I hope you enjoy RV!
Katy Lee said…
That is a great compliment. I've heard many say they write for the market, what's selling at the current moment, but a reader can tell if the author's heart was in it no matter what.

I hope you enjoy RV!
Lindsay Harrel said…
Hi Katy! Nice to meet you. :)

Not sure I'm breaking the mold quite yet. Still learning and growing.
Unknown said…
Giggled at this: “Sweetheart, I love your magenta silk wrap blouse.”

If I heard a man say that, I might ask him to marry me.

Loved getting to know you Katy! Thanks for hosting her, Jessica!
Stacy Henrie said…
Sounds like an intriguing story! Love your advice about writing feelings first and then adding in the details that are relevant.
Jessica Nelson said…
Funny Melissa! My hubs doesn't even know that m word. lol

Hey Stacy! I like that advice too. It makes sense.
Linda Kage said…
Congrats on your new release, Katy!! Sounds like quite an adventure to get here. I like your writing advice. It's nice to meet you.
Julie Dao said…
LOVE this: "So, it was the first time I put the characters first and let them tell me their story and why they hurt or what they loved most in their own words and actions." Putting our characters first is the key to getting the story moving! Great interview, thank you both!
Sarah Forgrave said…
"Don’t just research details and setting, research your characters as well." - I loved this quote. Something I'm still learning. :)
Jessica Nelson said…
lol Sarah, I know I still feel like I'm learning stuff too.

Hi Julie,
Glad you found that quote in there! I'm trying to figure out why all the words are mushed together. lol

Thanks for commenting, Linda. :-)
Katy Lee said…
Hello, everyone! Sorry I had to step away for a little while. I homeschool, but I also teach a US History class to homeschoolers at the library on Wednesdays. But I'm excited to respond to each of you, so:

Lindsay keep at it. Find your voice. I will read books by great authors and say to myself that I don't write like them. I can really begin to doubt myself and my writing if I don't catch it in time. The fact is I shouldn't write like them. I should write like me.

Melissa, if you find a guy that says that, let me know! I would want to study him for my next novel. He would be a species all his own.

Stacy, thank you for your comment. Feelings in a book shouldn't just be told, they should come across in the dialogue and mannerisms as well. That way the reader feels as though this is happening to them.

Linda, it's nice to meet you, too. And thank you for your well wishes.

Julie, glad you liked that. It is so true. Before I would tell the characters what they were going to do and say. Now I let them tell me...and sometimes it's not what I would have done. There is a scene in RV where Jeremy does something that I don't like, but changing it would change him.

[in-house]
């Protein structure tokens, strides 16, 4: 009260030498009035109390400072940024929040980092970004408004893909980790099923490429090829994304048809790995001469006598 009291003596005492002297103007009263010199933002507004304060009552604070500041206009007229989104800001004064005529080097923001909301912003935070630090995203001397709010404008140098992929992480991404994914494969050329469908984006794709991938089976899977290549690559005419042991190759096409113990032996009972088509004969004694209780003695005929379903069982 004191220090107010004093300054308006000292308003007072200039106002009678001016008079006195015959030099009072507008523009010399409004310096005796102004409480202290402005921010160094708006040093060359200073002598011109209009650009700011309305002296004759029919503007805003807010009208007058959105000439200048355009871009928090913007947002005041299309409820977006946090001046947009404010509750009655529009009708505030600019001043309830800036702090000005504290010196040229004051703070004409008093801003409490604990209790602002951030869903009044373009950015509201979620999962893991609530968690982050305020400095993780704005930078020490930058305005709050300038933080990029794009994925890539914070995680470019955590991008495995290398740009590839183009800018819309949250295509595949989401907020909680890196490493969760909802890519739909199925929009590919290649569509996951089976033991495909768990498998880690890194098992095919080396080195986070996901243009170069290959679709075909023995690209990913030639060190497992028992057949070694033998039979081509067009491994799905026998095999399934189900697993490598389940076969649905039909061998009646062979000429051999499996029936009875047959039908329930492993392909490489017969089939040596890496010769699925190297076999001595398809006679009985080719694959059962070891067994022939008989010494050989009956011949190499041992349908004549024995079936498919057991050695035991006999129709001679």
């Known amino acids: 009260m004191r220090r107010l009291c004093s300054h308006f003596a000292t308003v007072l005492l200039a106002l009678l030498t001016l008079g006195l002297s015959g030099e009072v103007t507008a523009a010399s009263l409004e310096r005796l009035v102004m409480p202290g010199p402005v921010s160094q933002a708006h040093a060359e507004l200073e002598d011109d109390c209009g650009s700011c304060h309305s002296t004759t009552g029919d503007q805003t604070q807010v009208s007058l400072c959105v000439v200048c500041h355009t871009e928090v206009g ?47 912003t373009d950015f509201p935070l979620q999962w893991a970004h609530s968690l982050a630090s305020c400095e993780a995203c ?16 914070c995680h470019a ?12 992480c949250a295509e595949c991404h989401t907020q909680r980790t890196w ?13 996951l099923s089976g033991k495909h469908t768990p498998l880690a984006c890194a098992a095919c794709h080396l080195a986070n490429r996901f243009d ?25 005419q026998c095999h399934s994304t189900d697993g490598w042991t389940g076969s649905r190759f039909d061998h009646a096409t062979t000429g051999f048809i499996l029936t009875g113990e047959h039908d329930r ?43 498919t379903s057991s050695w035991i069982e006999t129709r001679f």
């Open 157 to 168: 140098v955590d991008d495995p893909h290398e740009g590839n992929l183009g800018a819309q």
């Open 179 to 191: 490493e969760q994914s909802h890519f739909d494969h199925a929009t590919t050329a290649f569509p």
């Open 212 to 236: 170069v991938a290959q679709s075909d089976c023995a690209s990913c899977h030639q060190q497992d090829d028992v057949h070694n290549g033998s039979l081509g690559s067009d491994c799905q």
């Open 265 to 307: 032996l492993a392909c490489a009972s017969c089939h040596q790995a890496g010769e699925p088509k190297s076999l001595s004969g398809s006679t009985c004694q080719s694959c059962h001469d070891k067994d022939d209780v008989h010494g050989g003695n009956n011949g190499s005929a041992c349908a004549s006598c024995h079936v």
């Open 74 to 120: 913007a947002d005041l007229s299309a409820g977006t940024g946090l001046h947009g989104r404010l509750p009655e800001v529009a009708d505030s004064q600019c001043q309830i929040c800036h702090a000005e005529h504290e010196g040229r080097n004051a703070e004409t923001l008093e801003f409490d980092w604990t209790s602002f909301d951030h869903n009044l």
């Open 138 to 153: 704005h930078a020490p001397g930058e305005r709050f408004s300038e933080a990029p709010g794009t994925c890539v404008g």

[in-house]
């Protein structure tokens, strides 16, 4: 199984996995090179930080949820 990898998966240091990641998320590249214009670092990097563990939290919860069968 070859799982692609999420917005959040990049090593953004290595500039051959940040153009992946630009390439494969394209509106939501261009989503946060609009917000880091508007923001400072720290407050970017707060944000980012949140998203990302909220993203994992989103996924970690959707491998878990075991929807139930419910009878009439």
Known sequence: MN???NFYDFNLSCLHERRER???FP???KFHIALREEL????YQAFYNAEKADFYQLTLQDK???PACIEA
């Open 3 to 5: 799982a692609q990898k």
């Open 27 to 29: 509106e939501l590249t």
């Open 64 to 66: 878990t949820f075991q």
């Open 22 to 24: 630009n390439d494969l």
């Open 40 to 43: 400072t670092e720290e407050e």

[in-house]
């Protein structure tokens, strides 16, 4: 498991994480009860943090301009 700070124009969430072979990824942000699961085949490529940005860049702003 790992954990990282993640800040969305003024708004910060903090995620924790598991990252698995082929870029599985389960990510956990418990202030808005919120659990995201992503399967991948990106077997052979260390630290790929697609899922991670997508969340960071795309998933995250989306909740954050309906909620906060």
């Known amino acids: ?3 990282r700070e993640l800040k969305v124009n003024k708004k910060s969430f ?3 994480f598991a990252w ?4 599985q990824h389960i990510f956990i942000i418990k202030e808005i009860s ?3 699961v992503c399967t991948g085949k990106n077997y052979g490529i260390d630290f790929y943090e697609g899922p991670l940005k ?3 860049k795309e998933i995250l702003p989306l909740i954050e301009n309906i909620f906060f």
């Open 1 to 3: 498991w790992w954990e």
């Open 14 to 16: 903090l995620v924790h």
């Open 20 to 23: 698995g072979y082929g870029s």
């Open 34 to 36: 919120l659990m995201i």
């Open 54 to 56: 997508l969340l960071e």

Sarah, keep learning! I am, too! There is always something new to learn.
Hi Jess & Katy -

I'm having Blogger woes as well, Jess.

Katy, your blurb hooked me! I'm putting this on my Wish List. :)

Katy Lee said…
Enjoy Mel and Jeremy's story, Susan. Thank you. I really appreciate it! And thanks for your encouraging words, too.
Katy Lee said…

I want to thank you so much for having me! You're a great hostess, and I've enjoyed meeting some of your followers.

Katy Lee
Karen Lange said…
Thanks for the intro to Katy! Her book sounds interesting. :)
Robyn Campbell said…
Feelings. Characters first. You're awesome Jen! I needed this post. You have no idea how timely it is for you to remind me to put my characters first. Thank you, thank you!
Katy Lee said…
Thank you, Karen for saying so!

Robyn, think of it this way...I have a place for my favorite books that I like to reread. I've read them so many times, you would think I am bored with them. I know how the story goes. I know how it will end. So why do I return to them over and over? It's the characters I am returning for, like visiting an old friend.
Caryn Caldwell said…
Great interview! I loved it - especially the question AND answer about if the manuscript that sold felt any different from the previous ones. Thanks for sharing this!
Patti said…
Great interview and I loved how she said that she wrote the feelings first.

I mentioned your book on my blog today. Sorry it took so long.
Nancy said…
It's good to focus on the characters rather than the setting. That was probably her breakthrough moment. I have a passion for great characters.

I do appreciate a good setting, though.
Katy Lee said…
Caryn- Glad you liked my answer! :)

Patti- thanks for Sharing about Real Virtue. I REALLY appreciate that!

Nancy - Characters are the driving force of my novels, but a good interesting setting can also be a character.

Thanks for commenting!
Sometimes our "books of the heart" are the hardest sells to publishers (I have a book like that--Jessie, you know of which one I speak--heh). But I also believe those are the stories that are the most indelible and rewarding to the readers. Too bad publishers can't always see that! So glad you didn't have that problem w/your "book of the heart"!
Nancy said…
Kathy Lee - I agree about the setting being a character. I believe the main character of the novel "Rebecca" was the estate. It touched everything in the book.
Katy Lee said…
That is sooo true, Anita! And as a reader, I can always tell if the author's heart was really in it. It makes reading the story a total pleasure.

I am blessed to have a publisher who read Real Virtue and fell in love with it immediately.